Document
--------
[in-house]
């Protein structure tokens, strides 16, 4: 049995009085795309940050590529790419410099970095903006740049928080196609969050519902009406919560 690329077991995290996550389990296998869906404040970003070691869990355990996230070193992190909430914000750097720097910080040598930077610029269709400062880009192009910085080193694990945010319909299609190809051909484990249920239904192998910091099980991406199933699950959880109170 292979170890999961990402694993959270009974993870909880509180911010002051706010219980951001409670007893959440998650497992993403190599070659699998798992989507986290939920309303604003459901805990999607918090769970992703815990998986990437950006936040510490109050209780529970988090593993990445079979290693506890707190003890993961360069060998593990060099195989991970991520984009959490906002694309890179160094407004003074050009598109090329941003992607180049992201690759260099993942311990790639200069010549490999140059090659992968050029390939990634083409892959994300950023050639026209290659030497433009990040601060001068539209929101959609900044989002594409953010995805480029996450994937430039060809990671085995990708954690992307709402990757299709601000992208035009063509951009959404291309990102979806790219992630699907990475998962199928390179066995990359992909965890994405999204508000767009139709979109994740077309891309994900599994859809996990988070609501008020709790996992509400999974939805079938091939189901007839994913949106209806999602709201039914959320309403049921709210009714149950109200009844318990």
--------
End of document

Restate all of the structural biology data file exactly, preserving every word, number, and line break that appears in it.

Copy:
[in-house]
């Protein structure tokens, strides 16, 4: 049995009085795309940050590529790419410099970095903006740049928080196609969050519902009406919560 690329077991995290996550389990296998869906404040970003070691869990355990996230070193992190909430914000750097720097910080040598930077610029269709400062880009192009910085080193694990945010319909299609190809051909484990249920239904192998910091099980991406199933699950959880109170 292979170890999961990402694993959270009974993870909880509180911010002051706010219980951001409670007893959440998650497992993403190599070659699998798992989507986290939920309303604003459901805990999607918090769970992703815990998986990437950006936040510490109050209780529970988090593993990445079979290693506890707190003890993961360069060998593990060099195989991970991520984009959490906002694309890179160094407004003074050009598109090329941003992607180049992201690759260099993942311990790639200069010549490999140059090659992968050029390939990634083409892959994300950023050639026209290659030497433009990040601060001068539209929101959609900044989002594409953010995805480029996450994937430039060809990671085995990708954690992307709402990757299709601000992208035009063509951009959404291309990102979806790219992630699907990475998962199928390179066995990359992909965890994405999204508000767009139709979109994740077309891309994900599994859809996990988070609501008020709790996992509400999974939805079938091939189901007839994913949106209806999602709201039914959320309403049921709210009714149950109200009844318990």